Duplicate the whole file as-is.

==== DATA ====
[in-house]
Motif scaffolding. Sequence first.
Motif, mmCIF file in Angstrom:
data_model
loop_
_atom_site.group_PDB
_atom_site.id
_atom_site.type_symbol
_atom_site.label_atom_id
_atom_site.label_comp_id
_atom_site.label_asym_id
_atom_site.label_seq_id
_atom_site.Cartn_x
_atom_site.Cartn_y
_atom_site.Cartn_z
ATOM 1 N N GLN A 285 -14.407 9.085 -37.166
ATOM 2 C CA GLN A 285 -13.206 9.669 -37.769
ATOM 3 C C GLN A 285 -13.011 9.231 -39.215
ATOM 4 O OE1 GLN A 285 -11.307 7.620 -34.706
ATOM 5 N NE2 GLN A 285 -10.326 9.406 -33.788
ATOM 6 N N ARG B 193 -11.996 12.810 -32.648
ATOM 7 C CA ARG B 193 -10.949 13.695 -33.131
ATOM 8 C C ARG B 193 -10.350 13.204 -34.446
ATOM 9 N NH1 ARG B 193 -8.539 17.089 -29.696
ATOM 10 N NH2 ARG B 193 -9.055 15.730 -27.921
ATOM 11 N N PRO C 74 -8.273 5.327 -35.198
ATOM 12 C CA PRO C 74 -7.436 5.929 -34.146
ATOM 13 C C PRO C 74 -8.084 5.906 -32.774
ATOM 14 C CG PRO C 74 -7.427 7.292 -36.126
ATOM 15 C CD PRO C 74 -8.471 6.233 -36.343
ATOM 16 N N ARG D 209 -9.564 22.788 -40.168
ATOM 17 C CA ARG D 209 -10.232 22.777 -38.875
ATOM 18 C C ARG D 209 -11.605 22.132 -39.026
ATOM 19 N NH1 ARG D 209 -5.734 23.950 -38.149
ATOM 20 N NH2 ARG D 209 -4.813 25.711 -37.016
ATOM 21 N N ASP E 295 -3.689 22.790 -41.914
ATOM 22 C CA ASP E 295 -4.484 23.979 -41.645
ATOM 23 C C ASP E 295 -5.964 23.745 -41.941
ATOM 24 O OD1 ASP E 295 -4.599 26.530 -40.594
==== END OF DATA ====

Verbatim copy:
[in-house]
Motif scaffolding. Sequence first.
Motif, mmCIF file in Angstrom:
data_model
loop_
_atom_site.group_PDB
_atom_site.id
_atom_site.type_symbol
_atom_site.label_atom_id
_atom_site.label_comp_id
_atom_site.label_asym_id
_atom_site.label_seq_id
_atom_site.Cartn_x
_atom_site.Cartn_y
_atom_site.Cartn_z
ATOM 1 N N GLN A 285 -14.407 9.085 -37.166
ATOM 2 C CA GLN A 285 -13.206 9.669 -37.769
ATOM 3 C C GLN A 285 -13.011 9.231 -39.215
ATOM 4 O OE1 GLN A 285 -11.307 7.620 -34.706
ATOM 5 N NE2 GLN A 285 -10.326 9.406 -33.788
ATOM 6 N N ARG B 193 -11.996 12.810 -32.648
ATOM 7 C CA ARG B 193 -10.949 13.695 -33.131
ATOM 8 C C ARG B 193 -10.350 13.204 -34.446
ATOM 9 N NH1 ARG B 193 -8.539 17.089 -29.696
ATOM 10 N NH2 ARG B 193 -9.055 15.730 -27.921
ATOM 11 N N PRO C 74 -8.273 5.327 -35.198
ATOM 12 C CA PRO C 74 -7.436 5.929 -34.146
ATOM 13 C C PRO C 74 -8.084 5.906 -32.774
ATOM 14 C CG PRO C 74 -7.427 7.292 -36.126
ATOM 15 C CD PRO C 74 -8.471 6.233 -36.343
ATOM 16 N N ARG D 209 -9.564 22.788 -40.168
ATOM 17 C CA ARG D 209 -10.232 22.777 -38.875
ATOM 18 C C ARG D 209 -11.605 22.132 -39.026
ATOM 19 N NH1 ARG D 209 -5.734 23.950 -38.149
ATOM 20 N NH2 ARG D 209 -4.813 25.711 -37.016
ATOM 21 N N ASP E 295 -3.689 22.790 -41.914
ATOM 22 C CA ASP E 295 -4.484 23.979 -41.645
ATOM 23 C C ASP E 295 -5.964 23.745 -41.941
ATOM 24 O OD1 ASP E 295 -4.599 26.530 -40.594